“I see this phenomenon in many other places besides the empty other half of my marriage bed: people who have built their lives into the voyages of the Starship Enterprise; people who just know their true rightful selves are not regular working stiffs but kings and queen and war dukes, if only someone other than the Society for Creative Anachronism would confirm it; who are Luke Skywalker wannabes wrestling with the Force (and, all too often, losing badly, 'cause they Just Don't Know The Power Of The Dark Side); who long to take oath as Free Amazons to Marion Zimmer Bradley or who dream of Impressing as dragonriders to Anne McCaffrey.”

The Difference Between Fantasy and Delusion

While Kennealy-Morrison acknowledges that, as a fantasy writer, she has no problems with fantastical imaginings, she feels that many types of fandom interactions border on “delusion””. The real problem, she explains, is that some writers are too good at world-building; so much so that they become a “tempting” target that draws in the fantasy minded. But she stresses that no matter how much temptation, fans have no rights to the work beyond their enjoyment. In fact, their attempts to interact with the creations most often “warp and distort” the original works:

“The problem arises when those readers and viewers start to think that mere admiration for the creation vouchsafes them some sort of bizarre entitlement: as if by right of their enjoyment of the book or the film or the TV series or the music, they have been handed blanket permission to lift whatever elements they might fancy for their own personal use; and, by extension, to further warp and distort those same elements from their intended context, very often clean against the stated wishes and intentions of the creators.”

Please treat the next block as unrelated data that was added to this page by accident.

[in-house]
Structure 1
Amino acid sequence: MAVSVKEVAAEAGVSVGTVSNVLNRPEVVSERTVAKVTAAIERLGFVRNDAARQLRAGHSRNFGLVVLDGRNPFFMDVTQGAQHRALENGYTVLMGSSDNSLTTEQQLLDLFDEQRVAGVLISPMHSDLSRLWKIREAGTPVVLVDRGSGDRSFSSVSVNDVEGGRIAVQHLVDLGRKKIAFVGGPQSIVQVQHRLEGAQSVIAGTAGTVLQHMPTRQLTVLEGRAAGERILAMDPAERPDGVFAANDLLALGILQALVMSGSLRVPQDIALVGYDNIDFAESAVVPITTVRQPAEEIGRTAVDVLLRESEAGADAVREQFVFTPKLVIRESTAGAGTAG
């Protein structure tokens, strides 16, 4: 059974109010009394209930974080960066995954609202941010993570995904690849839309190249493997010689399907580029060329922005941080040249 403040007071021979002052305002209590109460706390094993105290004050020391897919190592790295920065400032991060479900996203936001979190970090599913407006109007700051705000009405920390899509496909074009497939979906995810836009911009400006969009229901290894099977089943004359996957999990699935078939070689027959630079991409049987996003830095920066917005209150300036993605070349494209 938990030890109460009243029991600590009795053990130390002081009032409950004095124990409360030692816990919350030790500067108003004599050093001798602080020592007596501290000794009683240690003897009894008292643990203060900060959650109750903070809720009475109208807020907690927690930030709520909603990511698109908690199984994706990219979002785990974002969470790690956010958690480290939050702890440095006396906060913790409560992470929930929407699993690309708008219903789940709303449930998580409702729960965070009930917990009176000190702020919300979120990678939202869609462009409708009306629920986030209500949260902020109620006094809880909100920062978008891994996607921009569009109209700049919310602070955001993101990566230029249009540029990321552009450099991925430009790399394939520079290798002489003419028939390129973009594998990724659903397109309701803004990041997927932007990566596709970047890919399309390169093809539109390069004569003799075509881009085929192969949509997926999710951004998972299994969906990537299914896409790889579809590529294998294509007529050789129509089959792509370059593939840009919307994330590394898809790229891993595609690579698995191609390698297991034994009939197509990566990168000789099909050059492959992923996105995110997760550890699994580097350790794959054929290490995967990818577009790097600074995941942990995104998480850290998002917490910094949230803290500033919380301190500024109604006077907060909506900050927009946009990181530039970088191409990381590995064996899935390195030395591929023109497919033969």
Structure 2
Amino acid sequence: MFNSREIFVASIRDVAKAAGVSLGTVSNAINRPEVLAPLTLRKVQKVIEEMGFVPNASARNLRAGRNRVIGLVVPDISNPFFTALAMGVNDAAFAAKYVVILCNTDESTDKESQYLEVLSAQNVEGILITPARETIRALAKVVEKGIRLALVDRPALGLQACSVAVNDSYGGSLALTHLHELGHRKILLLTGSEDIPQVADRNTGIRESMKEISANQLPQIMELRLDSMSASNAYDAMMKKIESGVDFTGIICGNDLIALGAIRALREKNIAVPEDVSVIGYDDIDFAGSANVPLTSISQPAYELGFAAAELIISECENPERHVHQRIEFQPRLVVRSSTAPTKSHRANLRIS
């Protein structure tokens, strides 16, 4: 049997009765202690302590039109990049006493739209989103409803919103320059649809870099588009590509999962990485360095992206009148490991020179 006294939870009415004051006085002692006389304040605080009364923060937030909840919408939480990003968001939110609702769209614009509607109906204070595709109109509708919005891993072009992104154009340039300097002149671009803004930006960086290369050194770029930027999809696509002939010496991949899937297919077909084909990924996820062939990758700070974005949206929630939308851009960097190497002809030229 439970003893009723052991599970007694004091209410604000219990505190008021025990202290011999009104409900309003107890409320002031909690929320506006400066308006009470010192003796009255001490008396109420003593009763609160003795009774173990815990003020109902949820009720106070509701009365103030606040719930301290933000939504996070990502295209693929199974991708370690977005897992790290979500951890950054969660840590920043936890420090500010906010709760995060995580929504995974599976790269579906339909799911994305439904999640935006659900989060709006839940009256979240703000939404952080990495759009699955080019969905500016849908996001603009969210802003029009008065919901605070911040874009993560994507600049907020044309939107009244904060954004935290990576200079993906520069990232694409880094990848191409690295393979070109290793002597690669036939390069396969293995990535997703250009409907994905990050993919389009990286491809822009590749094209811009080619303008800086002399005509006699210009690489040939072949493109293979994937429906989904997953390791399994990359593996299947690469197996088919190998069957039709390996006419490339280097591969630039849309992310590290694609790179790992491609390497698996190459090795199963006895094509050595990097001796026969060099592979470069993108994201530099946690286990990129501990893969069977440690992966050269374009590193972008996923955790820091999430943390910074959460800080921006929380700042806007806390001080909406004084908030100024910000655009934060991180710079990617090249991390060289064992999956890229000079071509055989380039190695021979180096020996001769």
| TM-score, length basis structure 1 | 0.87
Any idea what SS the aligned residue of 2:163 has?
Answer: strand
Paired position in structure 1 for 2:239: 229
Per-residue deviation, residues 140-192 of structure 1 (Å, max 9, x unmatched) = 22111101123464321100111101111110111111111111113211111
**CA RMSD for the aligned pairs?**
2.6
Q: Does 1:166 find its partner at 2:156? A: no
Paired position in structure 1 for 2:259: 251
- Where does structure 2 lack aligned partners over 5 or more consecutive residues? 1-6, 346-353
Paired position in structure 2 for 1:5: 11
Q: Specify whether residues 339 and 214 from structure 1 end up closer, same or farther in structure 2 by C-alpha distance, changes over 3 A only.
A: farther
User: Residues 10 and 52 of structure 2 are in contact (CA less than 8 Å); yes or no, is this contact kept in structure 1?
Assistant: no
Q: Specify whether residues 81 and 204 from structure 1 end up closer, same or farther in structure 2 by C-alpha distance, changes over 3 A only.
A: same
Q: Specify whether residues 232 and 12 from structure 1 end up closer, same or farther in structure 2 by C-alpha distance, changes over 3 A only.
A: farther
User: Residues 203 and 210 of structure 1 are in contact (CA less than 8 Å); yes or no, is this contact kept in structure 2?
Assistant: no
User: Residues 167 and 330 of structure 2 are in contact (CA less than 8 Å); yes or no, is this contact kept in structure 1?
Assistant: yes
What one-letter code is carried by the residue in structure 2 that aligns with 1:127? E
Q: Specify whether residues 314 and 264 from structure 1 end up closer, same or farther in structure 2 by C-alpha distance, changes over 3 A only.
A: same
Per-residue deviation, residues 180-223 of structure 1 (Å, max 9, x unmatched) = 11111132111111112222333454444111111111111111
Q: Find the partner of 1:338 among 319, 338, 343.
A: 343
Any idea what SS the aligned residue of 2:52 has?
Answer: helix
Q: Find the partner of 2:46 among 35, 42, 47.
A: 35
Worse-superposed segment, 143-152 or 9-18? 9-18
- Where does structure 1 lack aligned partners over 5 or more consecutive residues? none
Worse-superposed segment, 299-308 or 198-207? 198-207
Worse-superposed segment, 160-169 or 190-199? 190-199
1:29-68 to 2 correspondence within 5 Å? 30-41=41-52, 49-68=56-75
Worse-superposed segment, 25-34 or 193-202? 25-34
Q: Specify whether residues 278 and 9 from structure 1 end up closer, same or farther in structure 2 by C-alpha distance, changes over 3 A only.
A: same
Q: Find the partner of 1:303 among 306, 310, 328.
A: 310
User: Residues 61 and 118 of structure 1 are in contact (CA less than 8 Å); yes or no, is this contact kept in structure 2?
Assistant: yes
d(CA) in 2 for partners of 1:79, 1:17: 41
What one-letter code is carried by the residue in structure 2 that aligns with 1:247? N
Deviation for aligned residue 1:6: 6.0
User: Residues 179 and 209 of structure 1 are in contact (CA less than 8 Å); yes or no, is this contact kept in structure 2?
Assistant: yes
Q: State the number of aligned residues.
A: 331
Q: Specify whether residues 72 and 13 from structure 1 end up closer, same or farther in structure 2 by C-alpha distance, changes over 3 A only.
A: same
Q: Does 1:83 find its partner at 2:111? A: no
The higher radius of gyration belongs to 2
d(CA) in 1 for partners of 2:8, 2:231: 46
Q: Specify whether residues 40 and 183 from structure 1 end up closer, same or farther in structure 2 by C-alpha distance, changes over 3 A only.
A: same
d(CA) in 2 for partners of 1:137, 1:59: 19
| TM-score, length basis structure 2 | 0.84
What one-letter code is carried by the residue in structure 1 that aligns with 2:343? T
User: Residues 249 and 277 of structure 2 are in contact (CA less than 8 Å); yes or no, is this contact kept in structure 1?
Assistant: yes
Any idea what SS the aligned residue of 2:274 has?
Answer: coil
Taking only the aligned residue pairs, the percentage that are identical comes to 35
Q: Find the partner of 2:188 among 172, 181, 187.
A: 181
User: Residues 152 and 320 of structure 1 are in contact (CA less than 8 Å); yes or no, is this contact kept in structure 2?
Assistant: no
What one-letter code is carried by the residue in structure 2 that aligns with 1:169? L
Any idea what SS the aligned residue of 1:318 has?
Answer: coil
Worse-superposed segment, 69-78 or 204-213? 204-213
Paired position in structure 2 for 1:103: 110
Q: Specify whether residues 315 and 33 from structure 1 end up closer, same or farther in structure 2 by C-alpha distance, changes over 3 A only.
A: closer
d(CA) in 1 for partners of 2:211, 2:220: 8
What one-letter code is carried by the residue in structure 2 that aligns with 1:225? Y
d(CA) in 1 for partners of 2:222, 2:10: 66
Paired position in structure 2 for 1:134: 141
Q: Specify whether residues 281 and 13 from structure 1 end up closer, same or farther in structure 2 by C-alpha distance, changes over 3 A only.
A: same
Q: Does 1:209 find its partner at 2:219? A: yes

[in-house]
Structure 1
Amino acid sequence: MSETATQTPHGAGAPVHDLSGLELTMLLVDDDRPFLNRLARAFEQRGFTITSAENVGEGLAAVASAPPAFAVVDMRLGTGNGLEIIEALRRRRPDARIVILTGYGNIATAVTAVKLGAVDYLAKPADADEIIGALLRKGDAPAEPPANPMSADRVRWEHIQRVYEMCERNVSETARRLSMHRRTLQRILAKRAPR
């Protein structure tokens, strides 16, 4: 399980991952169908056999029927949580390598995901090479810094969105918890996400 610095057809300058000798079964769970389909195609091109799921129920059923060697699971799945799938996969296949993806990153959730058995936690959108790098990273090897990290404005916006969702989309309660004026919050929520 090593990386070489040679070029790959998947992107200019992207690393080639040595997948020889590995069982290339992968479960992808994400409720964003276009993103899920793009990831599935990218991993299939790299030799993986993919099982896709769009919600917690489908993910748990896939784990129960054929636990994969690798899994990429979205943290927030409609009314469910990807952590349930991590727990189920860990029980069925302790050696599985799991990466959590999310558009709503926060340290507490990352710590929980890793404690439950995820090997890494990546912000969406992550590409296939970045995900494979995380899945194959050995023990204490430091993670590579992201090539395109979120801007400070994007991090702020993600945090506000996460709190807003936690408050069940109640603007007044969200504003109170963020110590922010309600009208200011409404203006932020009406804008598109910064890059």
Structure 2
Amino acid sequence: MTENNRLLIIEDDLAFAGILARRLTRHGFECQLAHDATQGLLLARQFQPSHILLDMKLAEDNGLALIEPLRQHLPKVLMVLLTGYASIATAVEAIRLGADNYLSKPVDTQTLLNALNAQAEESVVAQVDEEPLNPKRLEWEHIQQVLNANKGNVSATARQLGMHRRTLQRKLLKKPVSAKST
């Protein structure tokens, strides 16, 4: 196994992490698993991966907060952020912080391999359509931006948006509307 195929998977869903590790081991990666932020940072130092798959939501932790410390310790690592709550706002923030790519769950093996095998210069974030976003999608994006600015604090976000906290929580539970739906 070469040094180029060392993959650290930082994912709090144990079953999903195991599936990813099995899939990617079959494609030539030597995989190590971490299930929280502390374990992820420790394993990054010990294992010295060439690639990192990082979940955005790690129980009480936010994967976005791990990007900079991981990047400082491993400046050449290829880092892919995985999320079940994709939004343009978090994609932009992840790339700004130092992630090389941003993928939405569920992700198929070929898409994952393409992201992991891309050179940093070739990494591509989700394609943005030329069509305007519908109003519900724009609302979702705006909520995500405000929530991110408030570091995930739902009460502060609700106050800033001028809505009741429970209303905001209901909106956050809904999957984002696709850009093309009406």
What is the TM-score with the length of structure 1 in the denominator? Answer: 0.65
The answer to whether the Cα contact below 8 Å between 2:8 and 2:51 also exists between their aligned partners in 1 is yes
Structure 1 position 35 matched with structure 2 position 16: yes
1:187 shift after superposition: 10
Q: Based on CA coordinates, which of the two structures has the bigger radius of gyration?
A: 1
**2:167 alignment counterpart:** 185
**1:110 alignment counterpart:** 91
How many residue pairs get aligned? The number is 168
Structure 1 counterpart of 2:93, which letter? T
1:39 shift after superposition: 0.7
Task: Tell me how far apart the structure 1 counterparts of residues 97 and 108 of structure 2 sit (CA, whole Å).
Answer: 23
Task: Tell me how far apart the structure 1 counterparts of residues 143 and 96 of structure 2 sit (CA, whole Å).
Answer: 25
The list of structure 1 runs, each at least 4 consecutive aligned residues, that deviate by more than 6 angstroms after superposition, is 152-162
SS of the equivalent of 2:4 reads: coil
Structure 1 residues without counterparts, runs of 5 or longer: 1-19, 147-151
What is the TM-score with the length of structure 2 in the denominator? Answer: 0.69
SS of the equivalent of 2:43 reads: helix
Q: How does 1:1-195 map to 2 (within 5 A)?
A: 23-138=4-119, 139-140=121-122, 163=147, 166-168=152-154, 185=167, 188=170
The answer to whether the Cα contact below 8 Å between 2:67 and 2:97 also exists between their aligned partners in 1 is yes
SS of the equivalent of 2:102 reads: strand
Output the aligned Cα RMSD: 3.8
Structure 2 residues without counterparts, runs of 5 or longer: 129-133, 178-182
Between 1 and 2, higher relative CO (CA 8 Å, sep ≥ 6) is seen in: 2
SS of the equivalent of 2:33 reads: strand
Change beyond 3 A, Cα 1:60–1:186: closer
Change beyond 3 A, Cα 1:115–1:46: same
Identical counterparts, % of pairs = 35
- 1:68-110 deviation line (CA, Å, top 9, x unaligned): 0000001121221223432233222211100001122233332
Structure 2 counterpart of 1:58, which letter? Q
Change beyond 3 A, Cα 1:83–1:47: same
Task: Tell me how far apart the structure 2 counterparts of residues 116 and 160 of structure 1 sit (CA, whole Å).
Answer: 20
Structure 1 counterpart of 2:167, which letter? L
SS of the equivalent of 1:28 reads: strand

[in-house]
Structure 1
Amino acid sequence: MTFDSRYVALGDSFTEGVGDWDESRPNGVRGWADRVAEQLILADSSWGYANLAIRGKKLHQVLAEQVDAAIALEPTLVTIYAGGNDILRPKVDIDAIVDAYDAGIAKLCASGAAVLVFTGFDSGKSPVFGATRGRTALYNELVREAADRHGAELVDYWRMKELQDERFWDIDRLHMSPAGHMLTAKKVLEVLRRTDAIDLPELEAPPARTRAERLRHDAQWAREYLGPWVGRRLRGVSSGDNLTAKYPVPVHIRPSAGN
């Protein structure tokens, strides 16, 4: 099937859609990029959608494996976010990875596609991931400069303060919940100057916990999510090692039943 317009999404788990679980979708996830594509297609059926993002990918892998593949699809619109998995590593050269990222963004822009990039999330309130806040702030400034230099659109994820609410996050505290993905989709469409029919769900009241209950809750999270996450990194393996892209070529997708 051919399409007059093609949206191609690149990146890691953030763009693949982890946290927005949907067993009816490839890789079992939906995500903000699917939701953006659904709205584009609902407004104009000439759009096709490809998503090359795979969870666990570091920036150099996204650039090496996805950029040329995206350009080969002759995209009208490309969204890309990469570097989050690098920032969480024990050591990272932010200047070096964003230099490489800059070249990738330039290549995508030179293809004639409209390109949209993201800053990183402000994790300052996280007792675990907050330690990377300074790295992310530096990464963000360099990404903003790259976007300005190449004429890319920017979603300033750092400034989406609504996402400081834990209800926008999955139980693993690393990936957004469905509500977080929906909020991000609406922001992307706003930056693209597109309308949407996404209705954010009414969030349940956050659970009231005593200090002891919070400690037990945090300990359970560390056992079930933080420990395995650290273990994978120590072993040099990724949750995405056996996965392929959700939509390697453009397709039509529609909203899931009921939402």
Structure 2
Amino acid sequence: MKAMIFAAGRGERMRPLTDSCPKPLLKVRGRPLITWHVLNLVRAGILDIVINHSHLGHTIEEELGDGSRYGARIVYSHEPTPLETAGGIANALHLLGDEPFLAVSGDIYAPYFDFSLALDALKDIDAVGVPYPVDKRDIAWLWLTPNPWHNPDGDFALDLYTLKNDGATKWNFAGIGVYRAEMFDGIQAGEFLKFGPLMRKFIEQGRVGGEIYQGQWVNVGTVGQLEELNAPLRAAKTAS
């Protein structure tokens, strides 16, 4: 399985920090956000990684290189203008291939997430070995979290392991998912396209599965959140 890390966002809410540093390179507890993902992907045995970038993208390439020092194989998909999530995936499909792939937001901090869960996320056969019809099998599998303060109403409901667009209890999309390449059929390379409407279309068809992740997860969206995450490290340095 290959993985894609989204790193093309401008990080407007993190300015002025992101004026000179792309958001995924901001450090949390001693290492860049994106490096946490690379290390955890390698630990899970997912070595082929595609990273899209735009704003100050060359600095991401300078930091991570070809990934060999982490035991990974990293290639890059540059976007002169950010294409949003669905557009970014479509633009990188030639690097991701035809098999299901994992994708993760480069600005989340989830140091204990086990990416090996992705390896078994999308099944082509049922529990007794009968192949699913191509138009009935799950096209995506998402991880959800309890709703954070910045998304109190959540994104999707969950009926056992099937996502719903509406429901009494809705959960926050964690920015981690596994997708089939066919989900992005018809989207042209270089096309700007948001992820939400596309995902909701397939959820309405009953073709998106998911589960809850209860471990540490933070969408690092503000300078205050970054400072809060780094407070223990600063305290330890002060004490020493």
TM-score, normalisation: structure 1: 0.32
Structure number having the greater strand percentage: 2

The Vampire Metaphor

As mentioned earlier, a recurring theme in the essay is the belief that many fans are psychic vampires who harm not only the creator, but also themselves. This is most clearly articulated in the following section:

“For what these people are doing -- the ones who worship my husband as a god, the ones who do not just play Klingons but think they are Klingons -- is as simple as it is invidious. It is living between two worlds with a vengeance; it is fannishness carried to an unwholesome, unhealthy extreme. At best, it is larceny; at worst, it is psychic vampirism. Either way, it is a sin and a crime, and those upon whose reality or creativity, upon whose life or work …. the fannish fangs have fastened are by no means the sole victims. Almost always, the vampire is victim right along with the victimized, and no one is well served.”